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  1. Late October we invariably get an influx of pigeons from a NE to SW direction; Early morning(7.30- 9am) in the main but they can just now go on all day & number well into the thousands sometimes . I am just north of Hereford. Started this year about 22nd/23rd October but funnily enough not every day with two or three days when I noticed nothing. Every farmer in this area was drilling winter wheat around 22nd. & it just happened that they lifted the spuds in the fields behind my house at that time , ploughed behind the lifters & then drilled on some fairly wet ground. The next two days saw 3-400 pigeons on these fields after seeing nothing in this neck of the woods for months. Of course ,as a retired man with time on his hands I had to have a go... & had a very good bag. Could probably have shot it the next day as well as they all returned until the surface grain had gone. These birds seemed to be slightly smaller than the pigeons I shoot at other times of the year , nearly all were in the final stages of a moult with blood feathers over head & neck, but with only a very small percentage of young birds which you would expect at this time of the year. They are now all over the place on Hawthorn hedges (where there's a huge crop of berries around here) & have also started on the rape where there are patches. They would normally go onto the acorns at this time but we have no acorns at all this year unfortunately. The usual behaviour of this influx of birds is that they stay for a week or two & then seem to disperse or move on. They were still coming over yesterday , but with family commitments over the w/end I fear they may have moved on by the time I can get out again. Also the game dealer who usually takes my pigeons has had labour shortages this year ,& once the game season started was too busy to take any pigeons. This unfortunately limits my shooting as now my only outlets are pubs & restaurants which I trickle feed hoping to make enough freezer room to justify killing some more. Never perfect is it!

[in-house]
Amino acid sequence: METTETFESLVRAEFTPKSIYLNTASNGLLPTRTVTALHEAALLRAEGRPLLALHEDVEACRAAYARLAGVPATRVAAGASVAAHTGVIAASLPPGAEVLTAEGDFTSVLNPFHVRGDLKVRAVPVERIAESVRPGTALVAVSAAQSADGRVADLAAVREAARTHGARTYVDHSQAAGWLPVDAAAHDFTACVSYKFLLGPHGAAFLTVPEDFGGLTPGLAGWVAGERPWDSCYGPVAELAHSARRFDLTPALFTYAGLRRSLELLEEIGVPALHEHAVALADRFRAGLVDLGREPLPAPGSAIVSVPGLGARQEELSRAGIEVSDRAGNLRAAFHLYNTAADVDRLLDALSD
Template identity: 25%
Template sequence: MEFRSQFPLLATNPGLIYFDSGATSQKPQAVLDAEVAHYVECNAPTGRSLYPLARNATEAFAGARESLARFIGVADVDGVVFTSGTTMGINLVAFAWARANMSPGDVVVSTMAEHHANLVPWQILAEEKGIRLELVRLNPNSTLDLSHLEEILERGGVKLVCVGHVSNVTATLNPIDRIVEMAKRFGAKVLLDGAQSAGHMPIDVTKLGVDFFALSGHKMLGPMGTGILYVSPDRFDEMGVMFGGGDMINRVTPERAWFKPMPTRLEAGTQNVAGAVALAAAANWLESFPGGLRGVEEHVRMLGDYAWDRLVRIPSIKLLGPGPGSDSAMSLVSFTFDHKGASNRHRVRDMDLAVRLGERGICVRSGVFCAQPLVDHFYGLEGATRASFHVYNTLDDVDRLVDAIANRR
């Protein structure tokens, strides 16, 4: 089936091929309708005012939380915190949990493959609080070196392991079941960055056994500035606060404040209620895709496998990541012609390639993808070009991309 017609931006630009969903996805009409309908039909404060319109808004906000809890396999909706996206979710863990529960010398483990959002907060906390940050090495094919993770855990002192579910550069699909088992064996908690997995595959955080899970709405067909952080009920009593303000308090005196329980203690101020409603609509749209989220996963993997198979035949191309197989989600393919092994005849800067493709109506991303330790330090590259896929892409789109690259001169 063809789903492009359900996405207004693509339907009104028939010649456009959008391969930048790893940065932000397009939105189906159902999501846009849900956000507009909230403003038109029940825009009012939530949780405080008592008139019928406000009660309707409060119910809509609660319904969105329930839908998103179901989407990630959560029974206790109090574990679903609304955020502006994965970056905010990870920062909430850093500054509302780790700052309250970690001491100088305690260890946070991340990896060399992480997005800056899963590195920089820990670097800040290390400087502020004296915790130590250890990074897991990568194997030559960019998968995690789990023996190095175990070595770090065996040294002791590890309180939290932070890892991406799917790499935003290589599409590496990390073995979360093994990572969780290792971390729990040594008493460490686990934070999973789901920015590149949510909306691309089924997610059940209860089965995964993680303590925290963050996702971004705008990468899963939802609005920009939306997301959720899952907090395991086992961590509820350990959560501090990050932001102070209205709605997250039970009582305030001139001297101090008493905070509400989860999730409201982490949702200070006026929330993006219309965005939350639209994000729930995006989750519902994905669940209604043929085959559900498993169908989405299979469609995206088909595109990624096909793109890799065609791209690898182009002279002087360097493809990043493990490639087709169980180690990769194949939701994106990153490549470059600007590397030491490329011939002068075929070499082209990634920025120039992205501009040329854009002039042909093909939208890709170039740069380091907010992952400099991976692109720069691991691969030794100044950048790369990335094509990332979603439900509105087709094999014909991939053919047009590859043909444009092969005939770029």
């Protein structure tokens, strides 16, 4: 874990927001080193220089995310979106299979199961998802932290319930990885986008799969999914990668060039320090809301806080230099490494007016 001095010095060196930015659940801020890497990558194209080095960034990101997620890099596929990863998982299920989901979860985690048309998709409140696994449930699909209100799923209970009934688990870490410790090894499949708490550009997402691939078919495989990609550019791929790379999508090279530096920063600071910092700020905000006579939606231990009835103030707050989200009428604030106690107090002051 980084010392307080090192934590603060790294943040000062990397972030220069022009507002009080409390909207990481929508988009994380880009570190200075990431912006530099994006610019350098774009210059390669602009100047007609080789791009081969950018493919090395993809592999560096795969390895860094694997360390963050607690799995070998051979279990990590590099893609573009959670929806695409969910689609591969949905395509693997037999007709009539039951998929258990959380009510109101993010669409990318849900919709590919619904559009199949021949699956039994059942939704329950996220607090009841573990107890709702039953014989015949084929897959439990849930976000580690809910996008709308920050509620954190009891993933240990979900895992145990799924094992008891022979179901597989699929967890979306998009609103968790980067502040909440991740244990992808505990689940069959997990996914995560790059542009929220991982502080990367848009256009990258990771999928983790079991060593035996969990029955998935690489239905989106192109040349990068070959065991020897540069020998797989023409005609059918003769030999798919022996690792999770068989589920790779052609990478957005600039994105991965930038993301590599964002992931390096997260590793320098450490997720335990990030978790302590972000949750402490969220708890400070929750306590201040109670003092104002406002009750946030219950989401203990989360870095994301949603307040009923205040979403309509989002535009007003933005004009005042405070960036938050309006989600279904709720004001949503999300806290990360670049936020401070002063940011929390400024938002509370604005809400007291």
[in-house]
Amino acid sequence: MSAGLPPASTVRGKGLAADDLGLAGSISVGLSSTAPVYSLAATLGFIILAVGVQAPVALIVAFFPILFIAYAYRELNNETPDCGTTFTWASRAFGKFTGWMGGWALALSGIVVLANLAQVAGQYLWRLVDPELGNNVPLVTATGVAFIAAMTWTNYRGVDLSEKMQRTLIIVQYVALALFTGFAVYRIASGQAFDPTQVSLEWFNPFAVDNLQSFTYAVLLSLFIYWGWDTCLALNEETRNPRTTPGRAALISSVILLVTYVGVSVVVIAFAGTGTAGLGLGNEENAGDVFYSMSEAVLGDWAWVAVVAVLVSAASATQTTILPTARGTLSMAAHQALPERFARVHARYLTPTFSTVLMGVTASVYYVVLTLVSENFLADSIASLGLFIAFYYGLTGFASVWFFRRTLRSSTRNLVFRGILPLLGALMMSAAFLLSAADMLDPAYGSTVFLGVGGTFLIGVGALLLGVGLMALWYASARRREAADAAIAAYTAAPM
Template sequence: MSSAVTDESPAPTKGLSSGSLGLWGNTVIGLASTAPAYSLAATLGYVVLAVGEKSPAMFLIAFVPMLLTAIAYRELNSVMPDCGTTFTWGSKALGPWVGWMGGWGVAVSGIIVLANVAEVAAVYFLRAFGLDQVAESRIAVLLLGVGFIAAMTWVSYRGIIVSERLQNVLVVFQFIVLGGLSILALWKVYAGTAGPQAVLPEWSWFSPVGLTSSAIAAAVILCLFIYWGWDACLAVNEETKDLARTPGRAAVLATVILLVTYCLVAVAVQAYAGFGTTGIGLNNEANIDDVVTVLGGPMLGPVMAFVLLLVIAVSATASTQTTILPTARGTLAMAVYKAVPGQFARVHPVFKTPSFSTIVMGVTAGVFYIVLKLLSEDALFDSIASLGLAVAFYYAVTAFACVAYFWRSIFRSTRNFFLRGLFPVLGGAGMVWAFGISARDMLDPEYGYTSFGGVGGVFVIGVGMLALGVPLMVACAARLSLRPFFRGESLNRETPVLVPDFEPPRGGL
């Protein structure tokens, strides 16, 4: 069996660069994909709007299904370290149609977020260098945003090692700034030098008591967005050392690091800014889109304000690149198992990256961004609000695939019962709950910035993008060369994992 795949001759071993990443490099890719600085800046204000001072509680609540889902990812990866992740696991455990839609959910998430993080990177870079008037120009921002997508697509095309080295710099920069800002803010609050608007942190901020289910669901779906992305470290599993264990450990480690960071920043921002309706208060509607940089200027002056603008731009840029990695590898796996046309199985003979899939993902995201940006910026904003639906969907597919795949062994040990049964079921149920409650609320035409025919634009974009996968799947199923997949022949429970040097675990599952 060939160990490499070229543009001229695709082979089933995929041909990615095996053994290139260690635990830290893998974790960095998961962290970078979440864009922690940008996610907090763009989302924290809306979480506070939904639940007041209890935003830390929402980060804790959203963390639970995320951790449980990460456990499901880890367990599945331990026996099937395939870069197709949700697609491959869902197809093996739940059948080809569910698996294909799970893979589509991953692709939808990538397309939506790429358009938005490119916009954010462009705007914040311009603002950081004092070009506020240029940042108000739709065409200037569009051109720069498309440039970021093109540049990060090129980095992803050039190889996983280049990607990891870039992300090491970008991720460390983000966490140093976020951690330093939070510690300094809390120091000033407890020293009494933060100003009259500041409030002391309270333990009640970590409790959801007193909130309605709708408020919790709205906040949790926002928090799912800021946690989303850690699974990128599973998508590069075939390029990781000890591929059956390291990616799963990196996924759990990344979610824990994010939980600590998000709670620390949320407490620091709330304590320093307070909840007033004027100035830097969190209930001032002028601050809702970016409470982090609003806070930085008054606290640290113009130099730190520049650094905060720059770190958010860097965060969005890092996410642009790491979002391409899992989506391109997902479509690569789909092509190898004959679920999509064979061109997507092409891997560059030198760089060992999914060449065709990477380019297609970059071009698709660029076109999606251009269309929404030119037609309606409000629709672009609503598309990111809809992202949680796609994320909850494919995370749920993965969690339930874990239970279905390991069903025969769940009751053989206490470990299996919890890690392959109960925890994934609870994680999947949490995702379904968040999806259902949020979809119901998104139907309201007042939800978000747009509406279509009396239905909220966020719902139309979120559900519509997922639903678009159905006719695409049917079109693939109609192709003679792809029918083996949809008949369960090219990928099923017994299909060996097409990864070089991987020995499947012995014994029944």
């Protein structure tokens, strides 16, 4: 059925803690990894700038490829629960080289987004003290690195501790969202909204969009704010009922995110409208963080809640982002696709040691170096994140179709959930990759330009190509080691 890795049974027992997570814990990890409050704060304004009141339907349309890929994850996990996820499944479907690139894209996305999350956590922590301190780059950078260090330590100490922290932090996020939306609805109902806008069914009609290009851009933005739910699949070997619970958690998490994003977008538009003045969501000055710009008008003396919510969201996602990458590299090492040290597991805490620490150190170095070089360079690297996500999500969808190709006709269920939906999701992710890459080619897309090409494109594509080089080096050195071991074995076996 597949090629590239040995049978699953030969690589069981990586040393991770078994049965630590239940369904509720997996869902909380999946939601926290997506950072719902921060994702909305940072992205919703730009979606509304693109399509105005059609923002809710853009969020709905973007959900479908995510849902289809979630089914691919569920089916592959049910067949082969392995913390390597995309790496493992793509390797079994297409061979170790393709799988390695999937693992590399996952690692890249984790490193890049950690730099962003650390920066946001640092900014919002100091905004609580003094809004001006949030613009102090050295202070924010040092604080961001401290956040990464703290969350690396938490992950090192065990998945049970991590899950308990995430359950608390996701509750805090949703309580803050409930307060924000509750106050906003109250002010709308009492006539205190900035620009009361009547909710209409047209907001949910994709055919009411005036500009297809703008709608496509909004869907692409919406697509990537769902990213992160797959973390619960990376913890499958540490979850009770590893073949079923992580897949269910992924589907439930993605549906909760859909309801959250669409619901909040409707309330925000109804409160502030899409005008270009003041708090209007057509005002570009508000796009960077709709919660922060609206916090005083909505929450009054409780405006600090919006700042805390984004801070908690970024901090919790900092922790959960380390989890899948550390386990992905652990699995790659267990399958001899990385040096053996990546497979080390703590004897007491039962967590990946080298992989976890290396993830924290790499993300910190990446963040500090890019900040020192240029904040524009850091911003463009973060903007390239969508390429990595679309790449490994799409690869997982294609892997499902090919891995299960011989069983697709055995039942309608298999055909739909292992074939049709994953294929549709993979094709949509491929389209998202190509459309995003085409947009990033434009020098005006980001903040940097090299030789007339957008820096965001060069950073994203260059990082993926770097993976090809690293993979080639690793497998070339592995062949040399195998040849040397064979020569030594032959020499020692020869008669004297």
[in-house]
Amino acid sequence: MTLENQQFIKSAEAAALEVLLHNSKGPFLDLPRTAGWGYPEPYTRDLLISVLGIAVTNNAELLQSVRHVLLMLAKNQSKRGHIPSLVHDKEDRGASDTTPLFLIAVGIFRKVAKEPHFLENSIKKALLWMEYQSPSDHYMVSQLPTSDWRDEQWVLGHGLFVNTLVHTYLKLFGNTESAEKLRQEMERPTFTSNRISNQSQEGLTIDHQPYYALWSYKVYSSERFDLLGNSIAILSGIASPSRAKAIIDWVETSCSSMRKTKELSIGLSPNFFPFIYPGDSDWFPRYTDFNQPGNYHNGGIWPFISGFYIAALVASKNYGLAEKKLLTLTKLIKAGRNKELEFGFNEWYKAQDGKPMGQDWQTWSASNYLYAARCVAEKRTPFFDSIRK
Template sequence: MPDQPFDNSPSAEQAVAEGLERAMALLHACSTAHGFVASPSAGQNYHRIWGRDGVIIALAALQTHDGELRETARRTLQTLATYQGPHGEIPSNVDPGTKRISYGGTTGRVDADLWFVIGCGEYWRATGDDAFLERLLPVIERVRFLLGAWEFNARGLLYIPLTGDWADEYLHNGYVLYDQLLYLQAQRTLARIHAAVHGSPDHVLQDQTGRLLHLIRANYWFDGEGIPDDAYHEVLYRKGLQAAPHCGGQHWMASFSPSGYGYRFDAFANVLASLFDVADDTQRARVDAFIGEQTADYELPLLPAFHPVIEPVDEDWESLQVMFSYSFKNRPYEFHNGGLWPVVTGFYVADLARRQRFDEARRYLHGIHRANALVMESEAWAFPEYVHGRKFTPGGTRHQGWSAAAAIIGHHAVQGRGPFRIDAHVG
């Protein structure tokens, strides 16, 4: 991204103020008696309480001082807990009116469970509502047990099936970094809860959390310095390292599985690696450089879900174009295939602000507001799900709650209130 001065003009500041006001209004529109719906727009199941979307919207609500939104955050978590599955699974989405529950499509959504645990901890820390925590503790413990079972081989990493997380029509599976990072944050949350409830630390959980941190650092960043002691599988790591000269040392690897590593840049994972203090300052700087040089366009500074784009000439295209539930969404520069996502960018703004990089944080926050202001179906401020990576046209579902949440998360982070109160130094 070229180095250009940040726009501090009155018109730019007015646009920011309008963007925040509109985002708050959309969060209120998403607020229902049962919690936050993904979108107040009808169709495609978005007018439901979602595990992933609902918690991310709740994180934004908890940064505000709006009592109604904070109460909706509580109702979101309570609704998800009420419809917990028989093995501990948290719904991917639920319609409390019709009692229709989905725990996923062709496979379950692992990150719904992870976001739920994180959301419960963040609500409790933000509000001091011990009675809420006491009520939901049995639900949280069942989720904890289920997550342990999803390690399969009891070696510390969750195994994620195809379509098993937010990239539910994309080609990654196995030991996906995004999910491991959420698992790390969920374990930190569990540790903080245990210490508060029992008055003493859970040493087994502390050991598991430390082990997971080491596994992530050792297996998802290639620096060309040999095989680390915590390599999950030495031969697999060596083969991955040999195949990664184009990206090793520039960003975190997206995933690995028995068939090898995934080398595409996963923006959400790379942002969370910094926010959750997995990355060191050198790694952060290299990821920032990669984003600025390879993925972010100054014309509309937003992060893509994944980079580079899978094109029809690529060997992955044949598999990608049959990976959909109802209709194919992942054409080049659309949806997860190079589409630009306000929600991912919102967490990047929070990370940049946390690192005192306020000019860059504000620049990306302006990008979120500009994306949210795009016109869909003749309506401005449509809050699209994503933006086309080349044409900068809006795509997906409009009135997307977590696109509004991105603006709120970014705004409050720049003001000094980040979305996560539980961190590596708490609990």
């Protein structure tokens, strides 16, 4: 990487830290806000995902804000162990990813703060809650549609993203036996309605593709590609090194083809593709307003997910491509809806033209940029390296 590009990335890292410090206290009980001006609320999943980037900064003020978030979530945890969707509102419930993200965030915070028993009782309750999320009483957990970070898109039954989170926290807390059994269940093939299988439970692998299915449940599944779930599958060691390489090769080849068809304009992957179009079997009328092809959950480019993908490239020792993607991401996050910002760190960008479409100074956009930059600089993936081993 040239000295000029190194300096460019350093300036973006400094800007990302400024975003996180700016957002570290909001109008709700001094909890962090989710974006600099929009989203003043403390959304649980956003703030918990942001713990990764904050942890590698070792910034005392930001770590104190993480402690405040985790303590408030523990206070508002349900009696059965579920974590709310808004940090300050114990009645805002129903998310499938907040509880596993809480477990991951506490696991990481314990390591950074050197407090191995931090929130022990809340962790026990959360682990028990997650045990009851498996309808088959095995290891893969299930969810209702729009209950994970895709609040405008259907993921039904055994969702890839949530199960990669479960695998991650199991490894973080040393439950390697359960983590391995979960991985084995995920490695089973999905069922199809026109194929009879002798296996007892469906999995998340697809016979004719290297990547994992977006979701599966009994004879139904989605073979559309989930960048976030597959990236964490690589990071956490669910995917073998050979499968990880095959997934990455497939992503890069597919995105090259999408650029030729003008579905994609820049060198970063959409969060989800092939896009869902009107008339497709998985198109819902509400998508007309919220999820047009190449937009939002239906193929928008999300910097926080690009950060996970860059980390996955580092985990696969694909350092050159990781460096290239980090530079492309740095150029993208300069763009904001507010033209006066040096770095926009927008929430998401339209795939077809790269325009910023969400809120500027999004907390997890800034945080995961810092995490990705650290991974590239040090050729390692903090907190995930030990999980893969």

2. pbutd

    Mammal ID

    Body shape , carriage & paler tail tip suggest pine marten?
  3. Looks like a dead piglet under a net in the foreground.
  4. Sounds like an exciting couple of hours shooting & it's good to read these reports when there are no opportunities in my neck of the woods as yet. However I would have to pull you up on your grammar GingerCat.... Surely the ever faithful Jasper could not be described as 'mad'? It would be an insult to his equally faithful owner. I think what has happened is that you've left out an 'and' after the word Jasper?
  5. Cool & professional video Simon6pcc... you deserve a conservation medal for the work you do protecting these species that are on a knife edge these days. At least the mindset of people on this forum will appreciate the job you do (and enjoy). The old boy at the end nearly brought a tear to my eye. Old and sentimental I think! Keep them coming.
  6. Cracking shooting there...you were really on form. There was one bird there that had obviously been shot at before & took quick & effective evasive action as soon as it saw you move to shoot. It swung down & to your right which just saved its life? The others were not so lucky. Great vid thanks.
  7. Love the water droplets on her head. Often see them when fishing & saw one diving into a very strong current on a river in Scotland once. How they don't get washed away is a mystery to me. Great pictures once again thanks.
  8. That last picture is something else GG. The yellow/green overtones of the Chiffchaff's plumage mirrors the colour of the algae between the cone bracts.Yet again you have smashed it with your patience & lenses. Hard to imagine that those tiny, thin legs carry skin,bone, tendons, arteries ,veins & nerves to their feet ..the same as ours. They're even skinnier than my wife's legs but not quite so bowed.